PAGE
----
Celebrity culture has reached the point where it resembles a snake eating its own tail. Fame used to be won by talent and achievements, but now people are famous simply for being famous. For good or ill, you aren’t someone in America unless your name is in the tabloids and you are wearing the right pair of shoes.
This is the driving theme behind Sophia Coppola’s fascinating new movie “The Bling Ring,” which is based on real-life events where a group of bored rich kids sneaked into the homes of celebrities in the Hollywood Hills and then robbed them blind.
It all starts when borderline-sociopath Rebecca (Katie Chang) befriends the unassuming Marc (Israel Broussard). Rebecca’s minor fits of kleptomania culminate when a little internet search reveals that Paris Hilton is out of town.
Not only is her house remarkably easy to find, it’s even easier to break into as she has left the keys under the doormat. Rebecca and Marc are thrilled not only by the excitement of being somewhere they don’t belong but at Hilton’s endless closets full of designer clothes and piles of jewelry.
After they slip out with a few choice items, it’s not long before they are bragging to their friends, Nicki (Emma Watson), Chloe (Claire Julien), and Sam (Taissa Farmiga), who beg to go along on their next excursion.
Financed by the robberies, the group is able to fully live the lifestyle of which they are enamored — sporting cutting-edge fashion at the trendiest clubs and doing all the drugs they can handle.
What is interesting is how neutral all the characters come off. Coppola works hard to never portray them as heroes, villains, or victims, but instead as an inevitable part of the feedback loop in a celebrity-obsessed society.
The teens are accountable to no one and receive no parenting or direction from their parents, who are just as shallow and vacuous. Leslie Mann plays Nicki’s clueless mother, who ensures all her girls are dosed with Xanax and home-schools them on the aspirational qualities of Angelina Jolie.
Even the celebrity “victims” come off looking bad for the obscene amount of excess they fill their homes with combined with the aloof arrogance of invincibility shown by the fact that most of the time they don’t even lock their doors.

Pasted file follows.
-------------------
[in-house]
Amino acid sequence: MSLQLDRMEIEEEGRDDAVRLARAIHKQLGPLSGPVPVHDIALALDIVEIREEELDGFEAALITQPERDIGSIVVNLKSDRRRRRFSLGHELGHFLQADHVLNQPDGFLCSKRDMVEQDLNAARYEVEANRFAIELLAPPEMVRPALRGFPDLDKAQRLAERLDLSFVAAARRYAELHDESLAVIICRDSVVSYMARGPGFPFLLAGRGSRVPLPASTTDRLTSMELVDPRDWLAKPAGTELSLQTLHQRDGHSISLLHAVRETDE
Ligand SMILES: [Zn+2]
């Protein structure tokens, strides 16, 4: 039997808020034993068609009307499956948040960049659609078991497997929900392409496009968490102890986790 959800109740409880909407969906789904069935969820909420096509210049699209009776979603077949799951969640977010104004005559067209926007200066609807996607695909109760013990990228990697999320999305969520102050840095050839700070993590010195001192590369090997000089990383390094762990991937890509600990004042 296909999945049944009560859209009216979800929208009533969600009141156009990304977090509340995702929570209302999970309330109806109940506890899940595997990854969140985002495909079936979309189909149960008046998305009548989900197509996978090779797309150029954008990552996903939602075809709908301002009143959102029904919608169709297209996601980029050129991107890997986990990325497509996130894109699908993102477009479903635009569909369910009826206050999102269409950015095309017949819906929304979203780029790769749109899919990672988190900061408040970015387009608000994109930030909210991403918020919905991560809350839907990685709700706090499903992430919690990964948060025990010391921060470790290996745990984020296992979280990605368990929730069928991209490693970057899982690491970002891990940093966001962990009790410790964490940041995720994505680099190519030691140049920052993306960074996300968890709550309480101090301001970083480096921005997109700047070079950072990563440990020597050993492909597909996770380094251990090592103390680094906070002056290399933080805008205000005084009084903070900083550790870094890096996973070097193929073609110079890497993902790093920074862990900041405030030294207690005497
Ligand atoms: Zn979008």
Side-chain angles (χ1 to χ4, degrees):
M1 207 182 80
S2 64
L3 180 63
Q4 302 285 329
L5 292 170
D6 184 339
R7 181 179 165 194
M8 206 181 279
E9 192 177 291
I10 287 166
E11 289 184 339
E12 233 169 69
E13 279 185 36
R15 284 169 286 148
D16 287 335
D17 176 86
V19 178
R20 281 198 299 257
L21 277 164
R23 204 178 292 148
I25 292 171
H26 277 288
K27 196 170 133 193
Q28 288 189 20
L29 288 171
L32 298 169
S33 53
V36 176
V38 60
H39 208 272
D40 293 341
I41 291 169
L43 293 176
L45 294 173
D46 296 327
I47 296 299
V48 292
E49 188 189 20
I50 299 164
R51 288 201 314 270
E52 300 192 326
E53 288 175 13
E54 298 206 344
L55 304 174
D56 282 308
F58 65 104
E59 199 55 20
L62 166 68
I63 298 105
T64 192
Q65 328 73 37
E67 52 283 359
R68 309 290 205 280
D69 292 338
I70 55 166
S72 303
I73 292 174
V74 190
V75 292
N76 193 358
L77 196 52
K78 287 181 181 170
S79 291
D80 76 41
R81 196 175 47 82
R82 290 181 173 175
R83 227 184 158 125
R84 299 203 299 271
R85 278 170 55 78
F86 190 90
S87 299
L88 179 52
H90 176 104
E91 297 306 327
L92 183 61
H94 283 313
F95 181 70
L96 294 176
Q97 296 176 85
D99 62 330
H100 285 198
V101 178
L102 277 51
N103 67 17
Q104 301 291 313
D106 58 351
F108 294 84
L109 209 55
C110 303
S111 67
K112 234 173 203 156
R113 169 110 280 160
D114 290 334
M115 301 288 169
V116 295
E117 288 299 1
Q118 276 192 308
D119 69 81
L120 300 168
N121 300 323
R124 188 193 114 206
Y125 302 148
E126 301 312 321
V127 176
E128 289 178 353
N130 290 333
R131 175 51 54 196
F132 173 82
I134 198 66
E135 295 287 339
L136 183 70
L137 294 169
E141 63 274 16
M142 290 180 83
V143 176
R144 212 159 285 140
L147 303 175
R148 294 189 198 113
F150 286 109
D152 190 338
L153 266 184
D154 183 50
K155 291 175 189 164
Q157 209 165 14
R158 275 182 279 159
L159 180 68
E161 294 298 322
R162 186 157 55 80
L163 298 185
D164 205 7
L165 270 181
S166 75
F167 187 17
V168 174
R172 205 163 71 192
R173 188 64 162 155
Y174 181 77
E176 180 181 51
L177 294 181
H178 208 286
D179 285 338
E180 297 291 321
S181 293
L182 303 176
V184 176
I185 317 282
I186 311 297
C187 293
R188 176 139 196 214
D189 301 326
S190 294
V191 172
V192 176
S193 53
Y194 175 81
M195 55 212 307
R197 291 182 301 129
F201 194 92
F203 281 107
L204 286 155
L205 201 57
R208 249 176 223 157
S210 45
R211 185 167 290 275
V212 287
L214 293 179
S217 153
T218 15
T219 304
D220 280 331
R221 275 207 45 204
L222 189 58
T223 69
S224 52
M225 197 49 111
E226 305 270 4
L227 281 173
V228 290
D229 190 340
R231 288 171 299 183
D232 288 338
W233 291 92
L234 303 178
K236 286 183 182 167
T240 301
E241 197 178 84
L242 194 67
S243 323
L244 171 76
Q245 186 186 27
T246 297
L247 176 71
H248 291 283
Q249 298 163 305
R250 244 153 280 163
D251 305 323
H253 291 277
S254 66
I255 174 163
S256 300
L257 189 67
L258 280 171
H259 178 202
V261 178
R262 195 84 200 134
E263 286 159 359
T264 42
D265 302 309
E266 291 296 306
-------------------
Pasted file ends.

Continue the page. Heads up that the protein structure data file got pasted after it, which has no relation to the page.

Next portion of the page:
Coppola is a gifted director and she keeps the movie moving along with some inspired moments including a static exterior shot of one of the robberies taking place in what is essentially a glass home. (Feel free to come up with your own “throwing stones” tie-in).
I think the movie’s neutral tone has a lot to do with Coppola’s own experience as the daughter of privilege and growing up in a home full of celebrates. She’s lived this story from both sides and knows there is blood on everyone’s hands.
The only flaw to be found in “The Bling Ring” is a problem inherent in the source material. When dealing with a subject so shallow and petty, it’s pretty hard to dig as deep as Coppola tries to. If you’re looking for profundity, you’re not going to find it in the Hollywood Hills.
Even still, this is an expertly made film that boasts fine performances from all the members of the young cast.
The biggest thing I took away from “The Bling Ring” is while it is really easy to shake your head at these kids and their lifestyle, we are all guilty of poking our nose into it to some degree or another. Whether you like it or not, you know that Kim Kardashian and Kanye West just had a baby. Welcome to the club.
“The Bling Ring” is rated R for teen drug and alcohol use, and for language including some brief sexual references.